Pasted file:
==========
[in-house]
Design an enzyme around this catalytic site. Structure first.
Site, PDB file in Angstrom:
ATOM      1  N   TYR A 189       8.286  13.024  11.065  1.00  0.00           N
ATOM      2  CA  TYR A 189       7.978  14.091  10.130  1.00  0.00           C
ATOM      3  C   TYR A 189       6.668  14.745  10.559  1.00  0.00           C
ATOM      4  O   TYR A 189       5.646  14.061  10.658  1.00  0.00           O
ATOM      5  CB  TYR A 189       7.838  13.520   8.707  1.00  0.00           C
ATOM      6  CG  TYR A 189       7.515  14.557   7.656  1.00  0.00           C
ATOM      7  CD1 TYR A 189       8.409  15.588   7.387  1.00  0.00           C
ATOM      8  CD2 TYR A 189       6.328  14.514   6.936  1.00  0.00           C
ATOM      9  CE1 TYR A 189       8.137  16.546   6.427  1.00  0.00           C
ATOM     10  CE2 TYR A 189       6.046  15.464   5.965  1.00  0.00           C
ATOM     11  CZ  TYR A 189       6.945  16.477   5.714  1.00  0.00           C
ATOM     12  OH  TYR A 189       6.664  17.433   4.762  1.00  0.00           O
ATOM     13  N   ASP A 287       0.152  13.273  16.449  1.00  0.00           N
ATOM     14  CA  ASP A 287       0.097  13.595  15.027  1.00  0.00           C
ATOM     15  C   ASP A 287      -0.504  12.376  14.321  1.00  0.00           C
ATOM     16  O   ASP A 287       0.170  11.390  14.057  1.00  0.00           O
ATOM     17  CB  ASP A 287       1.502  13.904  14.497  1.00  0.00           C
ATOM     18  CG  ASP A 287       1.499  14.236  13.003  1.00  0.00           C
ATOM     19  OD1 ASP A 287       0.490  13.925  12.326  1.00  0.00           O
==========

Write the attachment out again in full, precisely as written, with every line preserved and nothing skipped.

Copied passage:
[in-house]
Design an enzyme around this catalytic site. Structure first.
Site, PDB file in Angstrom:
ATOM      1  N   TYR A 189       8.286  13.024  11.065  1.00  0.00           N
ATOM      2  CA  TYR A 189       7.978  14.091  10.130  1.00  0.00           C
ATOM      3  C   TYR A 189       6.668  14.745  10.559  1.00  0.00           C
ATOM      4  O   TYR A 189       5.646  14.061  10.658  1.00  0.00           O
ATOM      5  CB  TYR A 189       7.838  13.520   8.707  1.00  0.00           C
ATOM      6  CG  TYR A 189       7.515  14.557   7.656  1.00  0.00           C
ATOM      7  CD1 TYR A 189       8.409  15.588   7.387  1.00  0.00           C
ATOM      8  CD2 TYR A 189       6.328  14.514   6.936  1.00  0.00           C
ATOM      9  CE1 TYR A 189       8.137  16.546   6.427  1.00  0.00           C
ATOM     10  CE2 TYR A 189       6.046  15.464   5.965  1.00  0.00           C
ATOM     11  CZ  TYR A 189       6.945  16.477   5.714  1.00  0.00           C
ATOM     12  OH  TYR A 189       6.664  17.433   4.762  1.00  0.00           O
ATOM     13  N   ASP A 287       0.152  13.273  16.449  1.00  0.00           N
ATOM     14  CA  ASP A 287       0.097  13.595  15.027  1.00  0.00           C
ATOM     15  C   ASP A 287      -0.504  12.376  14.321  1.00  0.00           C
ATOM     16  O   ASP A 287       0.170  11.390  14.057  1.00  0.00           O
ATOM     17  CB  ASP A 287       1.502  13.904  14.497  1.00  0.00           C
ATOM     18  CG  ASP A 287       1.499  14.236  13.003  1.00  0.00           C
ATOM     19  OD1 ASP A 287       0.490  13.925  12.326  1.00  0.00           O